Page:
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Southern Historical Society Papers, Volume 25. (ed. Reverend J. William Jones), chapter 1.15 (search)
ork hospital hundreds of miles from his beloved Georgia. Identified with the Cobb Legion. His history was our history, his glorious record ours. He was distinctly a creation of The Cobb Legion, and they felt that indescribable attachment that men feel fur comrades who have bled with them on more than one hard contested field. Though General Thomas R. R. Cobb had organized the legion, he was a noted man in Georgia before it was formed. Though Colonel William G. Deloney was our Chevalier Bayard, sanspeur et sans reproche, he fell at the zenith of his glory, September, 1863. Though General G. J. Wright was as brave and gallant as man could be, yet they all were older; we expected much of them. It was not the same feeling we had for Pierce Young. As Colonel Baker, of the 1st North Carolina Cavalry, told him at Middletown, Maryland, September 12, 1862, where, after a hard day's fight, incensed at some slighting remark that Baker had made of a charge of The Cobb Legion, he de
Southern Historical Society Papers, Volume 25. (ed. Reverend J. William Jones), chapter 1.20 (search)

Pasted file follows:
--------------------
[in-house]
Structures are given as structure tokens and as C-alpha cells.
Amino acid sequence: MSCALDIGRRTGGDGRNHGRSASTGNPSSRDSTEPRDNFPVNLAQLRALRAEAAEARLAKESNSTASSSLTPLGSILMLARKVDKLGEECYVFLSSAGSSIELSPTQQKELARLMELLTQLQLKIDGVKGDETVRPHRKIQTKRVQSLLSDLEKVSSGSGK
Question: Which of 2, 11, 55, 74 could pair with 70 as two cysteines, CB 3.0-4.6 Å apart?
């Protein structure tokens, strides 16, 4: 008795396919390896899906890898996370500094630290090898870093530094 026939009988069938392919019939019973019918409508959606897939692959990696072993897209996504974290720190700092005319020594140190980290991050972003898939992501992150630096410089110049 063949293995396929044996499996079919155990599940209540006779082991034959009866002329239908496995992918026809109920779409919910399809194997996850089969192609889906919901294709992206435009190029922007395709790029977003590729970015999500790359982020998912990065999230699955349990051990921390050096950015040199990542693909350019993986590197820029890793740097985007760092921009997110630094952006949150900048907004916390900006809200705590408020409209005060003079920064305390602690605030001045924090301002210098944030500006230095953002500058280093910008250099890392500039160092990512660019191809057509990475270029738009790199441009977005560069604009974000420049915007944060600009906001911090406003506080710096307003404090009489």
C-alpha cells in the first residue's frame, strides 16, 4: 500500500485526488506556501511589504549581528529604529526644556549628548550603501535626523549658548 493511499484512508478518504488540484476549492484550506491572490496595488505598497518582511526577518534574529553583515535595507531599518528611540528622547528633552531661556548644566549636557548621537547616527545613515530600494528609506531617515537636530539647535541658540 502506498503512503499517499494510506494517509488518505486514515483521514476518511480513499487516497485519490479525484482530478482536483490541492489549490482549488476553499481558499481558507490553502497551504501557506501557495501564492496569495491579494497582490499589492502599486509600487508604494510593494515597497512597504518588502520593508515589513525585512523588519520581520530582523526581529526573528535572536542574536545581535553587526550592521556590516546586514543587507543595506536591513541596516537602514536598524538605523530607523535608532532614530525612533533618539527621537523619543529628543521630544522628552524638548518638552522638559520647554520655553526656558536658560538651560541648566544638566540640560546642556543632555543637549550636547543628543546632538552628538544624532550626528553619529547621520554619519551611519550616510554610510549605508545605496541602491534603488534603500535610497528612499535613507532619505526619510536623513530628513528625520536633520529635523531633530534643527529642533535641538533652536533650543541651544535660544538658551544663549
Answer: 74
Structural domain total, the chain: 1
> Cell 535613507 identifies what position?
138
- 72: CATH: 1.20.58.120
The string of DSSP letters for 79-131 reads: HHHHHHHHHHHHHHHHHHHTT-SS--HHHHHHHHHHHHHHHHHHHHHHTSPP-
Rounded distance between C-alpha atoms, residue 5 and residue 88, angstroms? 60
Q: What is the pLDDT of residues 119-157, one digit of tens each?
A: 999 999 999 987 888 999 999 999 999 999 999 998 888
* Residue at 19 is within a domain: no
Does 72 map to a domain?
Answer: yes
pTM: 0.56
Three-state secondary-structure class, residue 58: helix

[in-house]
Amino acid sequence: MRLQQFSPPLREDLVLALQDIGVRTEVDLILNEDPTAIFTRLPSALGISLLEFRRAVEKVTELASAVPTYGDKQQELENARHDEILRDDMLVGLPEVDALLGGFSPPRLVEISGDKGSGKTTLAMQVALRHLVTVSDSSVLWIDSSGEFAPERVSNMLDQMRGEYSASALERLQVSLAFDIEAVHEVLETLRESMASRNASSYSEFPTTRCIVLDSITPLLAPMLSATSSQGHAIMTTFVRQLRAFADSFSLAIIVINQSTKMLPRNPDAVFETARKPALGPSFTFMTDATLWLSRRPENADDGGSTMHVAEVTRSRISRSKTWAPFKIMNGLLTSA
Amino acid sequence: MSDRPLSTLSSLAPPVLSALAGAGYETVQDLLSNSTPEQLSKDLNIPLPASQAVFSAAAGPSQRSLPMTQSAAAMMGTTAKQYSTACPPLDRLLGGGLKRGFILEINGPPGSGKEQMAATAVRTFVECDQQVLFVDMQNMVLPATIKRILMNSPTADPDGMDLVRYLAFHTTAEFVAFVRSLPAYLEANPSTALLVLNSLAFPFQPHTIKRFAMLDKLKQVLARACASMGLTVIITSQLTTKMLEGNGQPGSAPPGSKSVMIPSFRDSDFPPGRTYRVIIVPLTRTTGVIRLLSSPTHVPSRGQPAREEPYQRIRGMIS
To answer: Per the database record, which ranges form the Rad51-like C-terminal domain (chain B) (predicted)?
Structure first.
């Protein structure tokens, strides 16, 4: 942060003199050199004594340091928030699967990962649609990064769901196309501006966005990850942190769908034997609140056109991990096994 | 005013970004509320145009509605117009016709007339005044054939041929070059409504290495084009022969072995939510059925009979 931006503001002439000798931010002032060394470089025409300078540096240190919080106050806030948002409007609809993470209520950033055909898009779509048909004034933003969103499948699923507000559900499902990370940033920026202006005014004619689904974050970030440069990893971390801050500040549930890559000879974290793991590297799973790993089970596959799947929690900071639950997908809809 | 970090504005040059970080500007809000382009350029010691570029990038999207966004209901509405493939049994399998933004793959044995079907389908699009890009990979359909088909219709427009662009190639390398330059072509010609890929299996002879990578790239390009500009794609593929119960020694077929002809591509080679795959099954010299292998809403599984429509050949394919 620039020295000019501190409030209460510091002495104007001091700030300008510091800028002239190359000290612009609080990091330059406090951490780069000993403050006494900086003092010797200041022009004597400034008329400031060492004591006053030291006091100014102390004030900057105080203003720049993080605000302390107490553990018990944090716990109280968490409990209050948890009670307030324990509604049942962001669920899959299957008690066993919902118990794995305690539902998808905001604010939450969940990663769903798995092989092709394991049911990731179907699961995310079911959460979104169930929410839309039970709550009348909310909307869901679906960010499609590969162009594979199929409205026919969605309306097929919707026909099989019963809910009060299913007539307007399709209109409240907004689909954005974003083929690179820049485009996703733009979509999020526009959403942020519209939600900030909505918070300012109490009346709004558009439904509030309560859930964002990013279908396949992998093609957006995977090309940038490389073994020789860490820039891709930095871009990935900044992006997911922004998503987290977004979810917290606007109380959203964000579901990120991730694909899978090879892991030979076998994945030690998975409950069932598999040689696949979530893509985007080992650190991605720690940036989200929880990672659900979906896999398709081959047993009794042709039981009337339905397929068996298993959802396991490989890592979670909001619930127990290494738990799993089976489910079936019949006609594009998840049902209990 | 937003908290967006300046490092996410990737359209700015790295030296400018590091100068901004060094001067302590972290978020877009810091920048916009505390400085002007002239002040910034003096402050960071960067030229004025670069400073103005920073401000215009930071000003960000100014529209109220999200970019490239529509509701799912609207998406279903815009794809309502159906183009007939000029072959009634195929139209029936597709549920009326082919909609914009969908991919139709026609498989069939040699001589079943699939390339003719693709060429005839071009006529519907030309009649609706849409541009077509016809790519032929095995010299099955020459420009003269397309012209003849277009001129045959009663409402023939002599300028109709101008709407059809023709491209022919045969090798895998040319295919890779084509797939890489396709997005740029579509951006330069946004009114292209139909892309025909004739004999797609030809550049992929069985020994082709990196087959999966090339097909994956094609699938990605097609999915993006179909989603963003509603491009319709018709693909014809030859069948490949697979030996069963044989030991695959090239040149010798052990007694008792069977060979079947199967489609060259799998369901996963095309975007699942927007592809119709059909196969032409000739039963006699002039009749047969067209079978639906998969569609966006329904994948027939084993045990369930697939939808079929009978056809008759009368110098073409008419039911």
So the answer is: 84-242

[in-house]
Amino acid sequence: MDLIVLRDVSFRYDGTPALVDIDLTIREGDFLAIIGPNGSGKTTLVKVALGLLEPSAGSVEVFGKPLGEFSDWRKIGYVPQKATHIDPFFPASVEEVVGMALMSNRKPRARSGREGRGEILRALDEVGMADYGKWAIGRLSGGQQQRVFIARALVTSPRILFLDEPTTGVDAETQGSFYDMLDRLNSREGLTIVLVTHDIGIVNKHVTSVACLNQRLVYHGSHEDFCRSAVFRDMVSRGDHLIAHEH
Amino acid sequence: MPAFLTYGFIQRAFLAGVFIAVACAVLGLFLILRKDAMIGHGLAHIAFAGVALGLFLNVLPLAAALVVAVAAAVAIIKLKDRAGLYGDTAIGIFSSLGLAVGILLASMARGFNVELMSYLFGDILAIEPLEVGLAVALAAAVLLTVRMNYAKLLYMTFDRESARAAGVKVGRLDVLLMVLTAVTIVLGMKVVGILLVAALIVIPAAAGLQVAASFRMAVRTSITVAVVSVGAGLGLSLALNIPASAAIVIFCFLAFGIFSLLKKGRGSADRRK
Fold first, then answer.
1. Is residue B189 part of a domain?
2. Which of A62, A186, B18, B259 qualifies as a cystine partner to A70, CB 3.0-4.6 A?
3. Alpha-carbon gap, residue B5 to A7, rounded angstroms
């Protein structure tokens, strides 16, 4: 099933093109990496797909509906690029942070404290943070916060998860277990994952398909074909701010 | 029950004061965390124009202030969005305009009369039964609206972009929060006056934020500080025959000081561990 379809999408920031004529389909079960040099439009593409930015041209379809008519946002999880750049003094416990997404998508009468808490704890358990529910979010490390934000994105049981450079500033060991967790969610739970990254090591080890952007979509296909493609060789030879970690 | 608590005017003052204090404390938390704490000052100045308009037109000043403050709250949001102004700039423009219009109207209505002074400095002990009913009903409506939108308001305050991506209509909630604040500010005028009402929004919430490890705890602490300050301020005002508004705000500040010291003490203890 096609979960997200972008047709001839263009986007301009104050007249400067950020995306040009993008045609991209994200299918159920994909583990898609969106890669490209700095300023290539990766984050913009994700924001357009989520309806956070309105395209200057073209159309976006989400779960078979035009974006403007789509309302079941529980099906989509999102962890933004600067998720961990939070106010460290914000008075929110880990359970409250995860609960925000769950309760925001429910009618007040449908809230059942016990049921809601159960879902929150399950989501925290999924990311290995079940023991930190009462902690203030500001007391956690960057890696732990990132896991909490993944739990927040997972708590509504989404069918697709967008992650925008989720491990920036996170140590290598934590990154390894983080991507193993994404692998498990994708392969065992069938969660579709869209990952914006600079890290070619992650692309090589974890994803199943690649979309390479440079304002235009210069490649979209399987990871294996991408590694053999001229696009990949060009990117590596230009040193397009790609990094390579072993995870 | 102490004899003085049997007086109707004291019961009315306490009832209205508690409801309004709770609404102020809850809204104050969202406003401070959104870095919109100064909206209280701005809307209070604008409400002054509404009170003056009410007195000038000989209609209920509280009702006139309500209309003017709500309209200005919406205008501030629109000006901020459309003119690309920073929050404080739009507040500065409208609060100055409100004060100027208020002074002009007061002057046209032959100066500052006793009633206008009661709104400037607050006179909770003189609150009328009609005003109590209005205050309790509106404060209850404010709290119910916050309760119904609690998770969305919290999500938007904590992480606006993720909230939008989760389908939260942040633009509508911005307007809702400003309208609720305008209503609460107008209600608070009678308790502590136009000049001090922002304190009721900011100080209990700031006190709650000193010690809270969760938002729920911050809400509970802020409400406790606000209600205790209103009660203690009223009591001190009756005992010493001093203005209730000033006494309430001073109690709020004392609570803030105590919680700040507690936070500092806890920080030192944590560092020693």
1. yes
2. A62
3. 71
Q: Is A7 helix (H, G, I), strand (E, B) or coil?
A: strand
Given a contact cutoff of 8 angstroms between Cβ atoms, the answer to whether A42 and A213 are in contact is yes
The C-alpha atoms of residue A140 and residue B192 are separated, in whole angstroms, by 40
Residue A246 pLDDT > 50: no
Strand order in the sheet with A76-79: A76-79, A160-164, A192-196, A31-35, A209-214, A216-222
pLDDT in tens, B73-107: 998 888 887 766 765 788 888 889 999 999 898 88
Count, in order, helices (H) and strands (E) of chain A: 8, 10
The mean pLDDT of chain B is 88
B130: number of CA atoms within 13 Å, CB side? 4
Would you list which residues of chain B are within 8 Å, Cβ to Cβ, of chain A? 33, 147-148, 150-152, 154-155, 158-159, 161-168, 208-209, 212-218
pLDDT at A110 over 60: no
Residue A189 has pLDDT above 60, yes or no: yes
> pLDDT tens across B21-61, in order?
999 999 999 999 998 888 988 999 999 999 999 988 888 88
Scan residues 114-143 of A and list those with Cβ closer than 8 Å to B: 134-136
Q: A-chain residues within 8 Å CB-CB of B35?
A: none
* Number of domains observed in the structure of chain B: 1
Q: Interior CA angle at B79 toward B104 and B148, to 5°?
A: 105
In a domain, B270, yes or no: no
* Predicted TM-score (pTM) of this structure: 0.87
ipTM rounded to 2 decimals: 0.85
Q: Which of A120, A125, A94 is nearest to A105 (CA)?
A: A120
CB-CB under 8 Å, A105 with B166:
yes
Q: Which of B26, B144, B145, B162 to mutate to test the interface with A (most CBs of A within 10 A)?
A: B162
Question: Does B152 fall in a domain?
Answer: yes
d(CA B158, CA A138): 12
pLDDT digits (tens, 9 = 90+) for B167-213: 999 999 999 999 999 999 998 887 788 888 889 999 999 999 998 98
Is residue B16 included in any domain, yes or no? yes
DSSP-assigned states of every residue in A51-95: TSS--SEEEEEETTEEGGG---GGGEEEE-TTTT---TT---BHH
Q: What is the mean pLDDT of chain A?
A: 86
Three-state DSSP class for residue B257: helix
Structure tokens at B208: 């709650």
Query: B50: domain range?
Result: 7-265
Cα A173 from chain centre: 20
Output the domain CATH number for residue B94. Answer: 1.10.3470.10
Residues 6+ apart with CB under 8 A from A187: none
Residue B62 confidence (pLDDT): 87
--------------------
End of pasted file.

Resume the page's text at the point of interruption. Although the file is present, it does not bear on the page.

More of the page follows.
is but a passing glance at a long, laborious and brilliant career. Mr. Calhoun, Mr. Clay and Mr. Webster all left the Senate, or died in the Senate, about 1851 or 1852. When this grand triumvirate had departed, there were yet many strong men who served in that body with Mr. Hunter from 1850 to 1861 who have made a great impress upon our history. I need hardly mention such great names as Senators Mason, Toombs, Jefferson Davis, Benjamin, Stephen A. Douglas, Seward, Sumner, Chase, Trumbull, Bayard, Slidell and Crittenden. Yet I can truthfully assert that of this list of very able men, not one was superior in general, all-'round ability to Mr. Hunter; not one was his equal in legislative force and influence; not one was so universally confided in and trusted. Since the passing away of Jefferson, Madison, Marshall and Monroe, hardly any Virginian has borne so influential a part in political affairs as R. M. T. Hunter, and certainly no Virginian has done so in the Federal Congress, tho